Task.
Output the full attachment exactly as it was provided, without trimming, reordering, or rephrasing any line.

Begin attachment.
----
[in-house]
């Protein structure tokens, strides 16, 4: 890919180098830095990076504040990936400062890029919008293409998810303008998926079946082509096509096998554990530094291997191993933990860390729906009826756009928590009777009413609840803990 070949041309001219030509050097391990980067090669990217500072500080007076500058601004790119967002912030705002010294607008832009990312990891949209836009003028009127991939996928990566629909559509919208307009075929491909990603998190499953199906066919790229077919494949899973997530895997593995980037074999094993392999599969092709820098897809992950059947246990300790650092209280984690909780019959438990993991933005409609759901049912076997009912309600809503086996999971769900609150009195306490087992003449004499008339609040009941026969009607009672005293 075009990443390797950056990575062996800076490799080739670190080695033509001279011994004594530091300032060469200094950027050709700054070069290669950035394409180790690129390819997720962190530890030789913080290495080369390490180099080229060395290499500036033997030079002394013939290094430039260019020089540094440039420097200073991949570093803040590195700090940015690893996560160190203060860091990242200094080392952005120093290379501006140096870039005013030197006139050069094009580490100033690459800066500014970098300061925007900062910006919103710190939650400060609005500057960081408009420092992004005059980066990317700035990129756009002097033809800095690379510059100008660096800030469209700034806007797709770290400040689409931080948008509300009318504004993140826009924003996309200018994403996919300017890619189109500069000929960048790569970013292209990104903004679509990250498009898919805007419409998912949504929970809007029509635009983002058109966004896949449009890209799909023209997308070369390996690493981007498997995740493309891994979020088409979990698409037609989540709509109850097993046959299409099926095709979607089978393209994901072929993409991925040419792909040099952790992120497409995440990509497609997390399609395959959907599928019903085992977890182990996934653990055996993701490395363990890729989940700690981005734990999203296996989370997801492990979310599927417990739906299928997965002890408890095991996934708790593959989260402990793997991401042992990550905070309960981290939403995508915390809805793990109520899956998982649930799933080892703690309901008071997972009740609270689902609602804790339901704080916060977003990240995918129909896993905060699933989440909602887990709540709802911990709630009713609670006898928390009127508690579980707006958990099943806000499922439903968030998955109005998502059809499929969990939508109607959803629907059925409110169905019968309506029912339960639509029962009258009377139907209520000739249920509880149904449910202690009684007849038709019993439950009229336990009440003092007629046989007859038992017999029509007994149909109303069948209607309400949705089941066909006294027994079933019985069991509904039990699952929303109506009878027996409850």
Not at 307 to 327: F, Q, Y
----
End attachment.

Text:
[in-house]
């Protein structure tokens, strides 16, 4: 890919180098830095990076504040990936400062890029919008293409998810303008998926079946082509096509096998554990530094291997191993933990860390729906009826756009928590009777009413609840803990 070949041309001219030509050097391990980067090669990217500072500080007076500058601004790119967002912030705002010294607008832009990312990891949209836009003028009127991939996928990566629909559509919208307009075929491909990603998190499953199906066919790229077919494949899973997530895997593995980037074999094993392999599969092709820098897809992950059947246990300790650092209280984690909780019959438990993991933005409609759901049912076997009912309600809503086996999971769900609150009195306490087992003449004499008339609040009941026969009607009672005293 075009990443390797950056990575062996800076490799080739670190080695033509001279011994004594530091300032060469200094950027050709700054070069290669950035394409180790690129390819997720962190530890030789913080290495080369390490180099080229060395290499500036033997030079002394013939290094430039260019020089540094440039420097200073991949570093803040590195700090940015690893996560160190203060860091990242200094080392952005120093290379501006140096870039005013030197006139050069094009580490100033690459800066500014970098300061925007900062910006919103710190939650400060609005500057960081408009420092992004005059980066990317700035990129756009002097033809800095690379510059100008660096800030469209700034806007797709770290400040689409931080948008509300009318504004993140826009924003996309200018994403996919300017890619189109500069000929960048790569970013292209990104903004679509990250498009898919805007419409998912949504929970809007029509635009983002058109966004896949449009890209799909023209997308070369390996690493981007498997995740493309891994979020088409979990698409037609989540709509109850097993046959299409099926095709979607089978393209994901072929993409991925040419792909040099952790992120497409995440990509497609997390399609395959959907599928019903085992977890182990996934653990055996993701490395363990890729989940700690981005734990999203296996989370997801492990979310599927417990739906299928997965002890408890095991996934708790593959989260402990793997991401042992990550905070309960981290939403995508915390809805793990109520899956998982649930799933080892703690309901008071997972009740609270689902609602804790339901704080916060977003990240995918129909896993905060699933989440909602887990709540709802911990709630009713609670006898928390009127508690579980707006958990099943806000499922439903968030998955109005998502059809499929969990939508109607959803629907059925409110169905019968309506029912339960639509029962009258009377139907209520000739249920509880149904449910202690009684007849038709019993439950009229336990009440003092007629046989007859038992017999029509007994149909109303069948209607309400949705089941066909006294027994079933019985069991509904039990699952929303109506009878027996409850």
Not at 307 to 327: F, Q, Y